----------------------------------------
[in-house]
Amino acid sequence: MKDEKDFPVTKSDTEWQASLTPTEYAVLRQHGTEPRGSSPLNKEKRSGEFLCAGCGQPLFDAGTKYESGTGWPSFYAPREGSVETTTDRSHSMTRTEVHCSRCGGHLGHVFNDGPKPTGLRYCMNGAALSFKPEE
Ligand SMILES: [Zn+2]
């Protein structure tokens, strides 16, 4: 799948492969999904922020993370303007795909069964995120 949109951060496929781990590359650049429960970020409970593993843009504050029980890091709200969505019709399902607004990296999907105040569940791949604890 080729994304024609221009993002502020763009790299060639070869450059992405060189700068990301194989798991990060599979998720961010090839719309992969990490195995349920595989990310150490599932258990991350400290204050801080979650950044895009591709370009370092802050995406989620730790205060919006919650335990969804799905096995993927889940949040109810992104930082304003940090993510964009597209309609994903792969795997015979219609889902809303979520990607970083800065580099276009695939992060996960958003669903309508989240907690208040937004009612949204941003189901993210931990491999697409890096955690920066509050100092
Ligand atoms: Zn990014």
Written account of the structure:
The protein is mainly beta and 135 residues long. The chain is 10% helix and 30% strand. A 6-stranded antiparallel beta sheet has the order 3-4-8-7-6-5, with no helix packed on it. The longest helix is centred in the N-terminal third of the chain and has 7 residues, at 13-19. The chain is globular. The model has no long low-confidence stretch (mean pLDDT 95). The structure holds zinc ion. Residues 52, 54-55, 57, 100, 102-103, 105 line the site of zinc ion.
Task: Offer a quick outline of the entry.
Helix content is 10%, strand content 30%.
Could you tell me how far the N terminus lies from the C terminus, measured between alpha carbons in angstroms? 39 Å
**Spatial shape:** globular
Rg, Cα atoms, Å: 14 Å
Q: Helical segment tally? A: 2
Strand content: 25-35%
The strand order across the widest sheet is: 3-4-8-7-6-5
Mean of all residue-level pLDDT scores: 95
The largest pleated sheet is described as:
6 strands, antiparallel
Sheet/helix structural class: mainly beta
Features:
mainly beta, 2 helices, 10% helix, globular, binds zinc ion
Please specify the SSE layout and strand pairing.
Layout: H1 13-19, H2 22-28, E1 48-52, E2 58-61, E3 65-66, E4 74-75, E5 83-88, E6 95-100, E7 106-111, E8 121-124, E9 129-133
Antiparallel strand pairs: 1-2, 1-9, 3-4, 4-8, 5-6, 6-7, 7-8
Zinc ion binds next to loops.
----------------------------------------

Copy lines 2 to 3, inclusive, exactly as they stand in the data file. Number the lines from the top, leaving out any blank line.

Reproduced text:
Amino acid sequence: MKDEKDFPVTKSDTEWQASLTPTEYAVLRQHGTEPRGSSPLNKEKRSGEFLCAGCGQPLFDAGTKYESGTGWPSFYAPREGSVETTTDRSHSMTRTEVHCSRCGGHLGHVFNDGPKPTGLRYCMNGAALSFKPEE
Ligand SMILES: [Zn+2]